- May 1, 2021
- Posted by: administrator
- Category: Security News
The maintainers of Composer, a package manager for PHP, have shipped an update to address a critical vulnerability that could have allowed an attacker to execute arbitrary commands and “backdoor every PHP package,” resulting in a supply-chain attack.
Tracked as CVE-2021-29472, the security issue was discovered and reported on April 22 by researchers from SonarSource, following which a hotfix was deployed less than 12 hours later.
“Fixed command injection vulnerability in HgDriver/HgDownloader and hardened other VCS drivers and downloaders,” Composer said its release notes for versions 2.0.13 and 1.10.22 published on Wednesday. “To the best of our knowledge the vulnerability has not been exploited.”
Composer is billed as a tool for dependency management in PHP, enabling easy installation of packages relevant to a project. It also allows users to install PHP applications that are available on Packagist, a repository that aggregates all public PHP packages installable with Composer.
According to SonarSource, the vulnerability stems from the way package source download URLs are handled, potentially leading to a scenario where an adversary could trigger remote command injection. As proof of this behavior, the researchers exploited the argument injection flaw to craft a malicious Mercurial repository URL that takes advantage of its “alias” option to execute a shell command of the attacker’s choice.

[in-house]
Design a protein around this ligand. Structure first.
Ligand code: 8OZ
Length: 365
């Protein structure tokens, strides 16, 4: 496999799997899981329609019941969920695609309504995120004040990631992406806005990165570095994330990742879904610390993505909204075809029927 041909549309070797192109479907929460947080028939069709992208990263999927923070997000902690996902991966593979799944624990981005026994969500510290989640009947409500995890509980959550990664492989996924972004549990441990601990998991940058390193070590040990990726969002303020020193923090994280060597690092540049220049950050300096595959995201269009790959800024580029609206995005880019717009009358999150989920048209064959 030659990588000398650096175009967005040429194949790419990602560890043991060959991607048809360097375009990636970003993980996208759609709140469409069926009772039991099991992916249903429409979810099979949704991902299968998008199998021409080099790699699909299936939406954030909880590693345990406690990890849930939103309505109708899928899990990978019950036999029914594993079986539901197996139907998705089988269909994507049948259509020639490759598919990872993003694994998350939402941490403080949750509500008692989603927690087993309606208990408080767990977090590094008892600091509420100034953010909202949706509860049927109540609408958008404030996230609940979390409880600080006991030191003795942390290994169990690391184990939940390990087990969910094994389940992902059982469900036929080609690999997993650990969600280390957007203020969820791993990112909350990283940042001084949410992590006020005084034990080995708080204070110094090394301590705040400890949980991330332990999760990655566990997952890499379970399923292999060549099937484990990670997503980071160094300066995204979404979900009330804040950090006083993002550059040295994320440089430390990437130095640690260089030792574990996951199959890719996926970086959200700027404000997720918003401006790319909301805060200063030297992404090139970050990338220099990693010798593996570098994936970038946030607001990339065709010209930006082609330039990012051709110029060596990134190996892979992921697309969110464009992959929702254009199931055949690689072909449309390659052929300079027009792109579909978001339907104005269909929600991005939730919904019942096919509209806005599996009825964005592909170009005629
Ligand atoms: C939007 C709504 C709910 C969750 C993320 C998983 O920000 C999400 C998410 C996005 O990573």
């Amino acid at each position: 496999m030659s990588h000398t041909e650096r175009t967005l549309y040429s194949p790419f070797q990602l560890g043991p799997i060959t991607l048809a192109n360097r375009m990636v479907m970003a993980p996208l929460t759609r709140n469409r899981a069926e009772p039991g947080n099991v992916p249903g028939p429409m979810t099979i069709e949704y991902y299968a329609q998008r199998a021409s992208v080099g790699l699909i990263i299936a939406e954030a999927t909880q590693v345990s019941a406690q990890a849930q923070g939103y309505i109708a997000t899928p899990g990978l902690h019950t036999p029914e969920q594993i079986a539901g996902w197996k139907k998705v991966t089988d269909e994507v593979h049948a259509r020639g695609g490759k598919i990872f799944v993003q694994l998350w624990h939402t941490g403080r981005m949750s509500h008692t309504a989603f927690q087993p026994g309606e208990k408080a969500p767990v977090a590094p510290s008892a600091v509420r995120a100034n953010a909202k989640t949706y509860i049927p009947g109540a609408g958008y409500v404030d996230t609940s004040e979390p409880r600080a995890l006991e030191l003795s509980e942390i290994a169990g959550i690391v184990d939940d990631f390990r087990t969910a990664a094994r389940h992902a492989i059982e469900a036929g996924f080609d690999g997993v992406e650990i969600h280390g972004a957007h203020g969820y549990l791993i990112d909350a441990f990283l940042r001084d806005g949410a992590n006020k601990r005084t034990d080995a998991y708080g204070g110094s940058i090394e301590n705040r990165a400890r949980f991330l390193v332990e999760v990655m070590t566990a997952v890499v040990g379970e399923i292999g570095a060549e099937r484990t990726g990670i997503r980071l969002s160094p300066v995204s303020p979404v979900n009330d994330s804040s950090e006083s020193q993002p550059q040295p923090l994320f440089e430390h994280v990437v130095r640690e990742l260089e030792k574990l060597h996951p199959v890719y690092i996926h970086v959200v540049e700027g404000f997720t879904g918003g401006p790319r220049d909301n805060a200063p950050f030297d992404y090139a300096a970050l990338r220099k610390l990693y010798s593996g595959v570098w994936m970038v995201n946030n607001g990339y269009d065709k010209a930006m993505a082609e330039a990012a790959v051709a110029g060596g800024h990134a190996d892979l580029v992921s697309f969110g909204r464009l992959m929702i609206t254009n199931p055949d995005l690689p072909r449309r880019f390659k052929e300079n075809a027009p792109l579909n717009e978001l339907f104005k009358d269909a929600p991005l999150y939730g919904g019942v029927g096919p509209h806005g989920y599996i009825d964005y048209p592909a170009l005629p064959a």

“A vulnerability in such a central component, serving more than 100 million package metadata requests per month, has a huge impact as this access could have been used to steal maintainers’ credentials or to redirect package downloads to third-party servers delivering backdoored dependencies,” SonarSource said.
The Geneva-based code security firm said one of the bugs was introduced in November 2011, suggesting that the vulnerable code lurked right from the time development on Composer started 10 years ago. The first “alpha” version of Composer was released on July 3, 2013.
“The impact to Composer users directly is limited as the composer.json file is typically under their own control and source download URLs can only be supplied by third party Composer repositories they explicitly trust to download and execute source code from, e.g. Composer plugins,” Jordi Boggiano, one of the primary developers behind Composer.
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